NCAA Baseball: Vols stay alive at Men’s College World Series


Tennessee pitcher Chase Burns tossed six scoreless innings of relief in the Vols’ win over Stanford. Photo by Glenn Sattell.

OMAHA – Tennessee has been counted out more than once already this season. The Volunteers stumbled through the better part of the 2023 regular season, a non-factor in the SEC title chase. They never challenged for regular season honors, limping to a 16-14 finish in SEC play.

But the Volunteers may have found their footing as the 2023 regular season schedule drew to a close. Unlike last season, where the team found itself on top of the NCAA rankings for most of the season, Tennessee toiled in relative obscurity in 2023. That is, until the games really started to count.

The Vols have picked up steam through the postseason, winning regional and super regional titles to advance to Omaha and the Men’s College World Series. It hasn’t been the smoothest ride through the postseason, but an effective one nonetheless.

After dropping their opener in Omaha to LSU, the Vols were once again counted out. Dropping down to the loser’s bracket of the double-elimination tournament, Tennessee met Stanford in a game of survive or go home. And has been the case this season, the Vols ultimately rose to the occasion.

Tennessee’s Maui Ahuna is tagged out at the plate in the first inning. Ahuna delivered three hits and later scored a run to spark the comeback. Photo by Glenn Sattell

Tennessee sophomore pitcher Chase Burns came out of the bullpen to throw six innings of shutout relief and the Volunteers rallied from a 4-0 deficit to eliminate Stanford, 6-4, at Charles Schwab Field.

Burns allowed just two hits while striking out nine and did not walk a batter in blanking the Cardinal over the final six frames. The stellar performance enabled the Vols to come back and tie the game with a 4-run fifth inning, and eventually win it with two more runs in the seventh.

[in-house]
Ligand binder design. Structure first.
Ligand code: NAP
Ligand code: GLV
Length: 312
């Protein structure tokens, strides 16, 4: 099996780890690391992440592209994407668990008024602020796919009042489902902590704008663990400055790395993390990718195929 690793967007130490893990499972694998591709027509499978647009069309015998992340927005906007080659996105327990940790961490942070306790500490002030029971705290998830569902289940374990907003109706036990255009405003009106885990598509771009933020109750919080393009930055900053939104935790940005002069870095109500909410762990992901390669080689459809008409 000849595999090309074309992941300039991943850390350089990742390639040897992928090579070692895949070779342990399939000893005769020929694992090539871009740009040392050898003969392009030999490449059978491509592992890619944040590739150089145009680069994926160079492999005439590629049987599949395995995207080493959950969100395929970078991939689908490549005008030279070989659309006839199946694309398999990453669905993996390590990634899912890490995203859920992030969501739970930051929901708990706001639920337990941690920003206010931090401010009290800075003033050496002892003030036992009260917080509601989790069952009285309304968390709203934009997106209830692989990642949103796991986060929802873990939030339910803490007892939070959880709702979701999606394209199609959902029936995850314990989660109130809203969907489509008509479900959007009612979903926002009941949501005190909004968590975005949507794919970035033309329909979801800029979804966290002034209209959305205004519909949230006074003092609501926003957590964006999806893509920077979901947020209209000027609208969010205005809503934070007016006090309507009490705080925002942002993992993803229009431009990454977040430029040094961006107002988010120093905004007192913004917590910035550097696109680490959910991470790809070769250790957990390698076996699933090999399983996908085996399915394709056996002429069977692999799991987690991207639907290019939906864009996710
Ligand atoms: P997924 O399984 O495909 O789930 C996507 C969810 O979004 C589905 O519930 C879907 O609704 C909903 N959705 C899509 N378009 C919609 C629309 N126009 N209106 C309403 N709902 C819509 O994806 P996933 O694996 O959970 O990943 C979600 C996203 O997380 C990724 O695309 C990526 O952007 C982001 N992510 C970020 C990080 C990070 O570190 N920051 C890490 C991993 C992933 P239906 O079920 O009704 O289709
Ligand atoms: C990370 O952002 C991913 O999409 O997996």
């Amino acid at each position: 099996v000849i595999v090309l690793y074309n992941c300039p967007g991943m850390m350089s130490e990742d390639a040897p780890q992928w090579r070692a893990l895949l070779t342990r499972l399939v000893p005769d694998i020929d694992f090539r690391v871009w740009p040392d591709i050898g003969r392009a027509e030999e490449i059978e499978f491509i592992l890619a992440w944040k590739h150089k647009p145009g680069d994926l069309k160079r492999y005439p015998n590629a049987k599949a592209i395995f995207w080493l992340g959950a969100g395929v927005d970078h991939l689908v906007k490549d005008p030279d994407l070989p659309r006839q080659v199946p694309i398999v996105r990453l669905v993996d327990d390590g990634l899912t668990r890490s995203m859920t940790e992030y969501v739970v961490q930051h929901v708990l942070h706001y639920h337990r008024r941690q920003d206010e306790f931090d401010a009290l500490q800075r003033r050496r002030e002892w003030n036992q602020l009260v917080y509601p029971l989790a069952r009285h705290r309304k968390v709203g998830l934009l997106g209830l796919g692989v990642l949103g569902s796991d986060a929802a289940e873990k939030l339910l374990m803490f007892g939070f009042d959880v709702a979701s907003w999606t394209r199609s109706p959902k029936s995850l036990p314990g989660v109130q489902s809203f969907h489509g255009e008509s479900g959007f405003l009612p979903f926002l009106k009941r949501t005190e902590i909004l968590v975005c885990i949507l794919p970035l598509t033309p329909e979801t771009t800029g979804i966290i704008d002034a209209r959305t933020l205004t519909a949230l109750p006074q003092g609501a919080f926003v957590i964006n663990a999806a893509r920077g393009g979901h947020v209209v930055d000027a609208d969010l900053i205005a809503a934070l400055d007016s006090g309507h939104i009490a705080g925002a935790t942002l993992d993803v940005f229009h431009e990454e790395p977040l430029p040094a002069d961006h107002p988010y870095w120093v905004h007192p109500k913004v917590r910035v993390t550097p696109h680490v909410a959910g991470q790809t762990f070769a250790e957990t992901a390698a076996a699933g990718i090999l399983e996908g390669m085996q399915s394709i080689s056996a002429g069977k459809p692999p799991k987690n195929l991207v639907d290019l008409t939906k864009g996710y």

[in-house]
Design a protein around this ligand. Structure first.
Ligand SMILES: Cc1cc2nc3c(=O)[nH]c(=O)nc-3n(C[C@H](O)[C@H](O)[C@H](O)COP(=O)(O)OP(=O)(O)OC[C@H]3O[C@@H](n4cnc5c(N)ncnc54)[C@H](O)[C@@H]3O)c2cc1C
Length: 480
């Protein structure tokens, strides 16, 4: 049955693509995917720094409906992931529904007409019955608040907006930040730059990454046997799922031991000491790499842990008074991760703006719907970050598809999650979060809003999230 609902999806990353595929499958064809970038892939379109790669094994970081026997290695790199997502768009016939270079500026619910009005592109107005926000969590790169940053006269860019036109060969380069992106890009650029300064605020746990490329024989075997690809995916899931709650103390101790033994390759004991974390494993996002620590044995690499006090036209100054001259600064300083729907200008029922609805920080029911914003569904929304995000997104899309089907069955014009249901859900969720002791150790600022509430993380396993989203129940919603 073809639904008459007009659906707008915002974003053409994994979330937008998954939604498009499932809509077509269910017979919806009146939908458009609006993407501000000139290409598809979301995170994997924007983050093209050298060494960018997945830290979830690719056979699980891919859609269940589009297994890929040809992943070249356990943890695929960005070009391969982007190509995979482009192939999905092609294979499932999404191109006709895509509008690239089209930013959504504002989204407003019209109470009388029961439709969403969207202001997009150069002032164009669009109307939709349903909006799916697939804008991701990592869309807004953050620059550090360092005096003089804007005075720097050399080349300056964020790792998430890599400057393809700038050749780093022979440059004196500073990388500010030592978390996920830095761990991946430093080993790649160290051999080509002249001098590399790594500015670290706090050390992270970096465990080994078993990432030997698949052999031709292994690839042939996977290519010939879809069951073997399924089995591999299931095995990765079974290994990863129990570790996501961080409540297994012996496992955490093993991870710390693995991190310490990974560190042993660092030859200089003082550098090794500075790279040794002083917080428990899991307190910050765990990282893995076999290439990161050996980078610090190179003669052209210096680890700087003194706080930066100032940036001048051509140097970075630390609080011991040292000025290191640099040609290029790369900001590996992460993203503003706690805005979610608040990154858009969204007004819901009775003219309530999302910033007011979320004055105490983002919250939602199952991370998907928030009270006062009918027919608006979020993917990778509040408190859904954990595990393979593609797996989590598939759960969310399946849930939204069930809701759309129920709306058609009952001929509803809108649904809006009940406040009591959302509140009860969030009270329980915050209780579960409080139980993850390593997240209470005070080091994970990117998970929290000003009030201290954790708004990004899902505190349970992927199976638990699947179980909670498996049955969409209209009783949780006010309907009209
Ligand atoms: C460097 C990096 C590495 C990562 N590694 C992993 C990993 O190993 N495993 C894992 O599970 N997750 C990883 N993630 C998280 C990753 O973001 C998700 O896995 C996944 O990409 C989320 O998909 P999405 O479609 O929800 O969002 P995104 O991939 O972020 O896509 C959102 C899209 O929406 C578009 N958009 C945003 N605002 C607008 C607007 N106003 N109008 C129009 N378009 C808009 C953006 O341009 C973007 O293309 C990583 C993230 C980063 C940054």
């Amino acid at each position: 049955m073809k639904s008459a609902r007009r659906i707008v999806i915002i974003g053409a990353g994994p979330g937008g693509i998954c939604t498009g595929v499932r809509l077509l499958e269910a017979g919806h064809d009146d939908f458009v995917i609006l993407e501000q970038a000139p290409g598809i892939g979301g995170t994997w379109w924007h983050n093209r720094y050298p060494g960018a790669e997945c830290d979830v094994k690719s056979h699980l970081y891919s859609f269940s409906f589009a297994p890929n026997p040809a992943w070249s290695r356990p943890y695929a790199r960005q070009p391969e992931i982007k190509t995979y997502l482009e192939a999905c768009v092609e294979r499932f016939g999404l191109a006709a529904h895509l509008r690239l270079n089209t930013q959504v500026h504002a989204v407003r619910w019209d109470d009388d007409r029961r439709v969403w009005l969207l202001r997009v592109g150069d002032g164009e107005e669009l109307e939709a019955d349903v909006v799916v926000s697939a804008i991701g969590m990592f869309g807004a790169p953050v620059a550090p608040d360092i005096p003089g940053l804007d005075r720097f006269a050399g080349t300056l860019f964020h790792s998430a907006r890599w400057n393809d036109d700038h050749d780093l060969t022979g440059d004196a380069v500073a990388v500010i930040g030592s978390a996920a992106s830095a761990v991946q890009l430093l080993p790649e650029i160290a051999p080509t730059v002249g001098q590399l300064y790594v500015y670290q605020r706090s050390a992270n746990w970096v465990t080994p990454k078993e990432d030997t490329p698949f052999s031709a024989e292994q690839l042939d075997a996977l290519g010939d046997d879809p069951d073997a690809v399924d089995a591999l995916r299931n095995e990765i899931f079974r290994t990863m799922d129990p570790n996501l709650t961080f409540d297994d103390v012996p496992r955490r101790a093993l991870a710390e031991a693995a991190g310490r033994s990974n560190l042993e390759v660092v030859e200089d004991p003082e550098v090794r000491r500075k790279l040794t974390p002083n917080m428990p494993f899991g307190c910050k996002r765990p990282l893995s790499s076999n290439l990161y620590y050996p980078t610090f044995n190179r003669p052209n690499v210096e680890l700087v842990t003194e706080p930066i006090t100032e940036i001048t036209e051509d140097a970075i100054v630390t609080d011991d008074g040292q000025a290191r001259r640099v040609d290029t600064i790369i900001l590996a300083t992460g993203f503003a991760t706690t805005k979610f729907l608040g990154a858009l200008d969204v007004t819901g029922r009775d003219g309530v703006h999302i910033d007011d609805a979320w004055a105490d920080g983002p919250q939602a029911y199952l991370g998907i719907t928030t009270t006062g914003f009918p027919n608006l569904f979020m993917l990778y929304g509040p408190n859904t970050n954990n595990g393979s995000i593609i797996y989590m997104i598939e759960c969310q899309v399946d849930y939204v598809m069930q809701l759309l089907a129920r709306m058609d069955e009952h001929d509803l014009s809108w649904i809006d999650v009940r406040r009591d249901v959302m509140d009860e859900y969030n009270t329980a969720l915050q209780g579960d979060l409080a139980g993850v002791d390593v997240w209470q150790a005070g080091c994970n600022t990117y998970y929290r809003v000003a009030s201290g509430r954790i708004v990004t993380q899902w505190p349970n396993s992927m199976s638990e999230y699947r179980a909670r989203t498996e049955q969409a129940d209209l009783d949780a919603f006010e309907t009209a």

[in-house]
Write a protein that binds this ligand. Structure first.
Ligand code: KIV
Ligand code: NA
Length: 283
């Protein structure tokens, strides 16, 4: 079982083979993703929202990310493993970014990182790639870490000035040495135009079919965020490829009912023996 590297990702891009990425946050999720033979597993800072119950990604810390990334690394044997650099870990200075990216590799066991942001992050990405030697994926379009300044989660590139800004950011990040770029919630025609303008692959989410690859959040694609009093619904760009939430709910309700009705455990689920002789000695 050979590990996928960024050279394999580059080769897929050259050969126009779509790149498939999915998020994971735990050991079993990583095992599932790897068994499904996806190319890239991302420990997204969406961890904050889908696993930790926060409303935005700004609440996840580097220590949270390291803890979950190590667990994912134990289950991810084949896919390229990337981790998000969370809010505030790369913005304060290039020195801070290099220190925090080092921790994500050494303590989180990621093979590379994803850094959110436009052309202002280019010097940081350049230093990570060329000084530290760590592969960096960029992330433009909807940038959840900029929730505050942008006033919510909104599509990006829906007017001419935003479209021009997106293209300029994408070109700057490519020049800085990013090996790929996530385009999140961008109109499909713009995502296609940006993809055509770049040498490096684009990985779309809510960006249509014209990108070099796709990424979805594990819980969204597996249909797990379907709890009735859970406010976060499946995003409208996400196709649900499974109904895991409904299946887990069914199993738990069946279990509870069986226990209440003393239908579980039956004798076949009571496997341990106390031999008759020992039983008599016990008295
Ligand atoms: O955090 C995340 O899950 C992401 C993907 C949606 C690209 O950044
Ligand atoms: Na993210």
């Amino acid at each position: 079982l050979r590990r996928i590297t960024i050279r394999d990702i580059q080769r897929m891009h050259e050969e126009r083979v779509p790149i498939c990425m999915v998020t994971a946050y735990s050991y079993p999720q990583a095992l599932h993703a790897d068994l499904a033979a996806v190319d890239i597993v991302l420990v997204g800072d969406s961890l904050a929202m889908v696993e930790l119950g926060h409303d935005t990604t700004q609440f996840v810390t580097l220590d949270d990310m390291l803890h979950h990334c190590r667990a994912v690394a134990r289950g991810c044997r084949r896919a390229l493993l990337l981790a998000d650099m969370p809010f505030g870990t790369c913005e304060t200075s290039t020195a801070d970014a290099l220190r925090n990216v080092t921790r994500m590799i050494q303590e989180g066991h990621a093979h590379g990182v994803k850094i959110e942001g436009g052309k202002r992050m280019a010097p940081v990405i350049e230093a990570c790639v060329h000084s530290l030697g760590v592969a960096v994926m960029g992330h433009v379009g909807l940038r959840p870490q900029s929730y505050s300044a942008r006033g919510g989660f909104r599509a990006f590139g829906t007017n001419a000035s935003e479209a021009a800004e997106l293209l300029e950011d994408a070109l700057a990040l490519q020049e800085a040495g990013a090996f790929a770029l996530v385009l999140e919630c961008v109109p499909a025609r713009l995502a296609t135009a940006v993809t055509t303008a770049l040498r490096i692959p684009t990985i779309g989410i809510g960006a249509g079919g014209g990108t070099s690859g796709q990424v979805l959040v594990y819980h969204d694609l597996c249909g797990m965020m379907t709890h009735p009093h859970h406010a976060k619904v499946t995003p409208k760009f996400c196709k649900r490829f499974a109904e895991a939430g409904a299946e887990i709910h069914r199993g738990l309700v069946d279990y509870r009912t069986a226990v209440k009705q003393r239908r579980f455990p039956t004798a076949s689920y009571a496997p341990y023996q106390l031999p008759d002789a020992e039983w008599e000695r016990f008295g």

Stanford jumped out to an early 2-0 lead in the first inning before adding a pair of runs in the third to take a commanding early advantage.

Tennessee’s Griffin Merritt had a hit and scored a run in the Vols’ 6-4 comeback win over Stanford. Photo by Glenn Sattell

However, Maui Ahuna and Jared Dickey answered back in leading the charge for Tennessee with three hits apiece. Blake Burke and Zane Denton added two hits each, while Christian Moore drove in a pair of runs.

“Coming in out of the bullpen, you’ve got one thing in mind, it’s just do your job,” Burns said. “No fight is too big for us.”

So, the Volunteers lived to fight another day. They’ll take on LSU in an elimination game with the winner advancing to meet No. 1-ranked Wake Forest.

“Guys were excited about the challenge,” Tennessee head coach Tony Vitello said of the comeback victory. “The offensive approach was there, but it was kind of a kick in the gut to think all of a sudden we’re down in the first (inning).

“And that was a theme early in the year. We expected to do great things right out of the chute, and when it didn’t go well guys got deflated. Somewhere along the year we learned to respond the right way. I think we grew up as a team, handled situations better like that.”

They’ve seemingly found comfort in doing things the hard way, but Tennessee remains one of six teams still playing in Omaha for the chance at a national championship.

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